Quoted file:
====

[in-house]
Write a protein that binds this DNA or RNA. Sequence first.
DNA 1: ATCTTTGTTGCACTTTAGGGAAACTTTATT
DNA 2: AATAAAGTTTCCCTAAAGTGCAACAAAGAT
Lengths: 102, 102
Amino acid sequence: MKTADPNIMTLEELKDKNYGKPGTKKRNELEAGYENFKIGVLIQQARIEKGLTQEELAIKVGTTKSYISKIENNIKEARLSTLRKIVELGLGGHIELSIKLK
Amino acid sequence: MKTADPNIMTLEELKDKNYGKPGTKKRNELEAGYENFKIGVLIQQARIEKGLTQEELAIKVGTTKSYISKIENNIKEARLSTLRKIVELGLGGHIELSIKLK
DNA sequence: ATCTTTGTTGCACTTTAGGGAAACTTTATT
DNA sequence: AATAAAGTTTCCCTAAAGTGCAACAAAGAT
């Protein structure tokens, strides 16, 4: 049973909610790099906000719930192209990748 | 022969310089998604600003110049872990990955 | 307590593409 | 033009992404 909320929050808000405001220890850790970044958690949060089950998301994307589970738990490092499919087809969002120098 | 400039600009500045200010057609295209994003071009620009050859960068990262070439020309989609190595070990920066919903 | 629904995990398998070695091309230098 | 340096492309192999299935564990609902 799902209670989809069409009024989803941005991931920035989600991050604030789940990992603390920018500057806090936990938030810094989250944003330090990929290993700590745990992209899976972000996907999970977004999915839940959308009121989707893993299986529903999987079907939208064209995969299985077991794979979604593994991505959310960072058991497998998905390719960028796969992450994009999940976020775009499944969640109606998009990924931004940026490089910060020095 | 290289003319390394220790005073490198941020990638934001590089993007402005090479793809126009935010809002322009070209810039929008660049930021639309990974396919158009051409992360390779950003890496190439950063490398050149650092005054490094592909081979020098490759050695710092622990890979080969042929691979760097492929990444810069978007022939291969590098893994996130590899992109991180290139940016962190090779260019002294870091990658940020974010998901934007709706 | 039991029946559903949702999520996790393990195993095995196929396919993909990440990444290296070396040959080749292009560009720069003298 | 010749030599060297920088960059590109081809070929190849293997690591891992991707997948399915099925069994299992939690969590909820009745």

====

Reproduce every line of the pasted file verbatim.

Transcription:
[in-house]
Write a protein that binds this DNA or RNA. Sequence first.
DNA 1: ATCTTTGTTGCACTTTAGGGAAACTTTATT
DNA 2: AATAAAGTTTCCCTAAAGTGCAACAAAGAT
Lengths: 102, 102
Amino acid sequence: MKTADPNIMTLEELKDKNYGKPGTKKRNELEAGYENFKIGVLIQQARIEKGLTQEELAIKVGTTKSYISKIENNIKEARLSTLRKIVELGLGGHIELSIKLK
Amino acid sequence: MKTADPNIMTLEELKDKNYGKPGTKKRNELEAGYENFKIGVLIQQARIEKGLTQEELAIKVGTTKSYISKIENNIKEARLSTLRKIVELGLGGHIELSIKLK
DNA sequence: ATCTTTGTTGCACTTTAGGGAAACTTTATT
DNA sequence: AATAAAGTTTCCCTAAAGTGCAACAAAGAT
């Protein structure tokens, strides 16, 4: 049973909610790099906000719930192209990748 | 022969310089998604600003110049872990990955 | 307590593409 | 033009992404 909320929050808000405001220890850790970044958690949060089950998301994307589970738990490092499919087809969002120098 | 400039600009500045200010057609295209994003071009620009050859960068990262070439020309989609190595070990920066919903 | 629904995990398998070695091309230098 | 340096492309192999299935564990609902 799902209670989809069409009024989803941005991931920035989600991050604030789940990992603390920018500057806090936990938030810094989250944003330090990929290993700590745990992209899976972000996907999970977004999915839940959308009121989707893993299986529903999987079907939208064209995969299985077991794979979604593994991505959310960072058991497998998905390719960028796969992450994009999940976020775009499944969640109606998009990924931004940026490089910060020095 | 290289003319390394220790005073490198941020990638934001590089993007402005090479793809126009935010809002322009070209810039929008660049930021639309990974396919158009051409992360390779950003890496190439950063490398050149650092005054490094592909081979020098490759050695710092622990890979080969042929691979760097492929990444810069978007022939291969590098893994996130590899992109991180290139940016962190090779260019002294870091990658940020974010998901934007709706 | 039991029946559903949702999520996790393990195993095995196929396919993909990440990444290296070396040959080749292009560009720069003298 | 010749030599060297920088960059590109081809070929190849293997690591891992991707997948399915099925069994299992939690969590909820009745």